Today, the PCI Security Standards Council (PCI SSC), a global, open industry standards body providing management of the Payment Card Industry Data Security Standard (PCI DSS), PIN Transaction Security (PTS) requirements and the Payment Application Data Security Standard (PA-DSS), released guidance papers on the use of point-to-point encryption (P2PE) and EMV technologies in a payment card data environment.
Aimed at providing the market with greater clarity on how specific technologies relate to the PCI Security Standards and impact PCI DSS compliance, these papers are the first in a series of guidance documents the Council has committed to delivering as part of its ongoing assessment of emerging technologies.
Titled „PCI DSS Applicability in an EMV Environment‟ and „Initial Roadmap: Point-to-Point Encryption Technology and PCI DSS Compliance,‟ the whitepapers are products of collaborative initiatives led by the Council‟s Technical Working Group (TWG) and Special Interest Groups (SIGs) in conjunction with the Council‟s constituents and industry experts including cryptographers, forensic investigators, standards bodies, PIN Transaction Security (PTS) labs, Qualified Security Assessors (QSAs) and vendors.
The guidance seeks to help the merchant community:
Understand how these technologies help define or reshape the cardholder data environment
Evaluate the impact of these technologies on PCI DSS compliance efforts
Identify future potential for P2PE and EMV technologies
The Council‟s member organizations had the opportunity to review and discuss the papers at the PCI SSC North America Community Meeting in Orlando, Florida at the end of September.
"These documents were created as a direct response from our stakeholders and provide valuable background information for organizations that are considering implementations of EMV or P2PE technology within the context of PCI DSS compliance," said Troy Leach, chief standards architect, PCI SSC. "With this guidance we‟re helping them understand how they can better secure their payment card data and how specific technologies may assist them in meeting the requirements of the PCI DSS."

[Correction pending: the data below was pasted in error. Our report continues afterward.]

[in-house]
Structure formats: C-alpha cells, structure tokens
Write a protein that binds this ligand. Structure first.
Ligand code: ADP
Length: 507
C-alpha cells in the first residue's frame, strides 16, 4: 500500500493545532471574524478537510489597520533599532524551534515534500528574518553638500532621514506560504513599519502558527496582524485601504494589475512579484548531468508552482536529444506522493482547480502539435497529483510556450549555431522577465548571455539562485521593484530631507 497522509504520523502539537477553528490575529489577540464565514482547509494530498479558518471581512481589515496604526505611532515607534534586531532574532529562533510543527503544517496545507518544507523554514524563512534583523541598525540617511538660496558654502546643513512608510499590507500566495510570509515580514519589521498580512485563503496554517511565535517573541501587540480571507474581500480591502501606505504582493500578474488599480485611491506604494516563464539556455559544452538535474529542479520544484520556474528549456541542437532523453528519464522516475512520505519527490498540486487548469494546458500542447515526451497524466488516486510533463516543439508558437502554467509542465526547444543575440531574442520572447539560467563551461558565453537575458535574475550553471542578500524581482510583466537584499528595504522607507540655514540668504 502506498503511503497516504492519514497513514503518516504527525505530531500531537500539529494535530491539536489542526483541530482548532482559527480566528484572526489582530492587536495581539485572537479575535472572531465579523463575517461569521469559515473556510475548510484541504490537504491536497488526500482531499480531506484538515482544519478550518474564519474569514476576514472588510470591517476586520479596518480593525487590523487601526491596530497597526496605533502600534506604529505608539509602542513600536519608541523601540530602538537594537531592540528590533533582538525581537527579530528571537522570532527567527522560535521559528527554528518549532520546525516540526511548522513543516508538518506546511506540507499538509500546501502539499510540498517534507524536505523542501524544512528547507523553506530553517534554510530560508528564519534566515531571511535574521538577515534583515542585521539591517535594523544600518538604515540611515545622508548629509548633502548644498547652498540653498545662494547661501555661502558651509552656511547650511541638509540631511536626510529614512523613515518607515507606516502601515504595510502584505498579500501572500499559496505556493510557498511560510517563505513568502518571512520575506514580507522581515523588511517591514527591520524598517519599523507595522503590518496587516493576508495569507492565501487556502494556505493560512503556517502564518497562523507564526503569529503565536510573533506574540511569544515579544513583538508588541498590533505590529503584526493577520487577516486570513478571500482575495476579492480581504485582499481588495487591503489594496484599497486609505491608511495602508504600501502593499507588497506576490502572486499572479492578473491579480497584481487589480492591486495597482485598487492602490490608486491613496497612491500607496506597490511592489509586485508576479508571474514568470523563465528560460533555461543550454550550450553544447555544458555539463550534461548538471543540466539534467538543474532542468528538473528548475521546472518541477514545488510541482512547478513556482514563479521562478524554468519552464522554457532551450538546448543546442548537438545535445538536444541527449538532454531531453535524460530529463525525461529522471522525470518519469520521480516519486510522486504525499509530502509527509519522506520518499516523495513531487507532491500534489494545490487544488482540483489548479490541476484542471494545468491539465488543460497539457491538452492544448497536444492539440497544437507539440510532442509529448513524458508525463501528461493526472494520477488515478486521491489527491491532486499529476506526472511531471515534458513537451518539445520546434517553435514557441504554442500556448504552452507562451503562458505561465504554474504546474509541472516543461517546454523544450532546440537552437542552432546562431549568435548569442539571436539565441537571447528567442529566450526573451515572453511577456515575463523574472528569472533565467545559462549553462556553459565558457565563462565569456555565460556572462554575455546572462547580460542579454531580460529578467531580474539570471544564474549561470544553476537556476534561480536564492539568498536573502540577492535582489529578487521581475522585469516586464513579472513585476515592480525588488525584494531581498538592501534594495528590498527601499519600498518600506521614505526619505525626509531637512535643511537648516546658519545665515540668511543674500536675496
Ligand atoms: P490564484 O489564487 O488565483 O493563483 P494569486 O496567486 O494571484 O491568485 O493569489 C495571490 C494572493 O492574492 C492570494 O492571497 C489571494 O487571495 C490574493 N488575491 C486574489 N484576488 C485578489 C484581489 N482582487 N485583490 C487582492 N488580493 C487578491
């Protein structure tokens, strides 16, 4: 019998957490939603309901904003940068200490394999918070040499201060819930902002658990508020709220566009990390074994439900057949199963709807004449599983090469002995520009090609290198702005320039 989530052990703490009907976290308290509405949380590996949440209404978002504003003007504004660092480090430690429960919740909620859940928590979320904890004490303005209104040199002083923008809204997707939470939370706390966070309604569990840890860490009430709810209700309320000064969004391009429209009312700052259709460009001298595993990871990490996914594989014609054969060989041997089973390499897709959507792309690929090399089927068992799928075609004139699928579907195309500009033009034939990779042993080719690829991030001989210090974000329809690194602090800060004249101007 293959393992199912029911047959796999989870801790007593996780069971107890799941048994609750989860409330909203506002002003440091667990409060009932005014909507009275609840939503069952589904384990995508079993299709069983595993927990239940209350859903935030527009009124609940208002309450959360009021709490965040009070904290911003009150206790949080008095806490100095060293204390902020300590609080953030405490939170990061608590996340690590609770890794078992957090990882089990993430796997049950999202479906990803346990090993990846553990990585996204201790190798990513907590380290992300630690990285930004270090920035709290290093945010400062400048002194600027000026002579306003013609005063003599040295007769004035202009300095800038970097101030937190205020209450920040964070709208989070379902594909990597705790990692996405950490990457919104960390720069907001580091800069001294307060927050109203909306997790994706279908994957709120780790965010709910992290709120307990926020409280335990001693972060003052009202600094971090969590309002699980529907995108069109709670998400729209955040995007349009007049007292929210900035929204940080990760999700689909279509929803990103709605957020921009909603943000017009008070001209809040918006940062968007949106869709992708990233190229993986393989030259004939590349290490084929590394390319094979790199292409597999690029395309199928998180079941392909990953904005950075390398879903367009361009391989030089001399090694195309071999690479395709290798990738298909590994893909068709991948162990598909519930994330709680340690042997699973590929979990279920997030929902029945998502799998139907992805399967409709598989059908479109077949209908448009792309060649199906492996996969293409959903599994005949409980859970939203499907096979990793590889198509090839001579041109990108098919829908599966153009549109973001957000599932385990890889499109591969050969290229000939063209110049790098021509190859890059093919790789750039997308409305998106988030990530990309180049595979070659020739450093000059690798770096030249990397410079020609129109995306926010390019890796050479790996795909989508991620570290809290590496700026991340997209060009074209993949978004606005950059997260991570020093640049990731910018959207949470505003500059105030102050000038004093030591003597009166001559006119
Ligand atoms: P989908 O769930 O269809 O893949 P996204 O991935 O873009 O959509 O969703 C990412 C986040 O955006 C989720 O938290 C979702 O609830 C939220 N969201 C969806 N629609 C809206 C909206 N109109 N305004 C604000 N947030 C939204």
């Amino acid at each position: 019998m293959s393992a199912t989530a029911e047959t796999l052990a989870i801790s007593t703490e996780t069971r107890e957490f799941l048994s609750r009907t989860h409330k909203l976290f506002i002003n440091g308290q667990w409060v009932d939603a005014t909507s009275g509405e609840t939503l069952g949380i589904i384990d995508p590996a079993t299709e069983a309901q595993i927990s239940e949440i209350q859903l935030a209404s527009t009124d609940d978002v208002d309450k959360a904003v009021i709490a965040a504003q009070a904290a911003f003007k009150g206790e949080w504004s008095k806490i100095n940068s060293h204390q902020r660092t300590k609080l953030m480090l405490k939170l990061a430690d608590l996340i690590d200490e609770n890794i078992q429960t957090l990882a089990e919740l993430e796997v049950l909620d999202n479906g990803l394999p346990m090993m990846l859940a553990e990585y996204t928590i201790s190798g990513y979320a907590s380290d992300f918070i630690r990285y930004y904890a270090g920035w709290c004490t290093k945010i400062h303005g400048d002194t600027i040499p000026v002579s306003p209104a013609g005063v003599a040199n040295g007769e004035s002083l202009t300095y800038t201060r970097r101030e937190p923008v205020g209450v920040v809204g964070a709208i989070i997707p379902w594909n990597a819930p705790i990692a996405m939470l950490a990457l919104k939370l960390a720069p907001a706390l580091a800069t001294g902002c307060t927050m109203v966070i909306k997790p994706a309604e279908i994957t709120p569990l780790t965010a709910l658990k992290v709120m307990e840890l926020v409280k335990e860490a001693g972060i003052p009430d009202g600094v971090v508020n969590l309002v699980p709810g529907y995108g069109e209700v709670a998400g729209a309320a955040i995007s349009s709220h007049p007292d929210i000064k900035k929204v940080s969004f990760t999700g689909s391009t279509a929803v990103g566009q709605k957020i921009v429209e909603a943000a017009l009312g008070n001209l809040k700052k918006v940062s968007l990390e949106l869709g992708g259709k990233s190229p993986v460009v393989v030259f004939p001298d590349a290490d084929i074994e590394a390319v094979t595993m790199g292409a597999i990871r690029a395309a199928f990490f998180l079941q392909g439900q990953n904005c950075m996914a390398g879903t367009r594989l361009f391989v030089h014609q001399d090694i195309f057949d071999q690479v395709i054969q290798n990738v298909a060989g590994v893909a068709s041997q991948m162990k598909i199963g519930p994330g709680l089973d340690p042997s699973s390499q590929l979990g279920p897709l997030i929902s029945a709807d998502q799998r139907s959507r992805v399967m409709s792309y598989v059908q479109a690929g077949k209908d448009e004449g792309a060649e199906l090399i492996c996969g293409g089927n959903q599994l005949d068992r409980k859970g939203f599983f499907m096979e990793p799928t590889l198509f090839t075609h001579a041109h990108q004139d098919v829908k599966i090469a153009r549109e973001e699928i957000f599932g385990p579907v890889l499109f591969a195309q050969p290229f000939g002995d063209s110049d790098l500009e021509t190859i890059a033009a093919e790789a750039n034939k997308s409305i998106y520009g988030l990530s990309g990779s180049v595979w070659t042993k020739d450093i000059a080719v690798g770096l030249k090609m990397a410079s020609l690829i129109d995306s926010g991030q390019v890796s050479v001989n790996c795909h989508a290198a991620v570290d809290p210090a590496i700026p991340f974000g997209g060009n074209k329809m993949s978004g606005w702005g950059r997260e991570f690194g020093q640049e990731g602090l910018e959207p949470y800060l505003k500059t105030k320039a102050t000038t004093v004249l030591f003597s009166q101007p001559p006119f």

While EMV can substantially reduce fraud in card present transactions, the EMV guidance paper advises adopters that it does not automatically satisfy all PCI DSS requirements for the protection of cardholder and sensitive authentication data. In EMV environments, EMV technology and PCI DSS together provide the greatest level of security for cardholder data throughout the transaction process.
Currently no global standardization of point-to-point encryption technology or validation of its implementation exists in the industry. However by providing this new guidance on P2PE, the Council has taken the first step by definitively stating that P2PE may simplify PCI DSS compliance by reducing the scope of the cardholder data environment. In identifying the environments that still require the security protection of the PCI DSS, the guidance determines that P2PE solutions do not eliminate the need to maintain PCI DSS compliance for specific systems. It also recognizes the need for a set of criteria to validate the effectiveness of P2PE solutions so that merchants can have confidence that the solution they deploy properly secures cardholder data, which the Council plans to develop and release in 2011.
By outlining future considerations necessary to further address P2PE technology in the cardholder data environment, this document provides the industry‟s first roadmap for improving the security of payment card data and infrastructure as it relates to point-to-point encryption.
Both papers reinforce the effectiveness of the PCI DSS as a strong method for protecting cardholder data.
"It is important to remember that there is no silver bullet to securing a payment environment," said Bob Russo, general manager, PCI SSC. "Implementing one of these technologies will not automatically make you compliant with the PCI DSS. Instead, organizations should focus on a layered approach to security. We believe the PCI Security Standards provide a solid foundation for a security strategy to look after your payment and other types of data, but security does not start and end with compliance. Focus on good security and compliance will follow."
The documents, along with other Council educational resources, are available for download at pcisecuritystandards.org/education/info_sup.shtml.
The Council‟s Special Interest Groups (SIGs) and other resources are actively engaged in the study of other technologies, such as tokenization, virtualization and bluetooth. In the future, specific papers and guidance from these groups will also be delivered and available on the Council‟s website pcisecuritystandards.org/education/info_sup.shtml.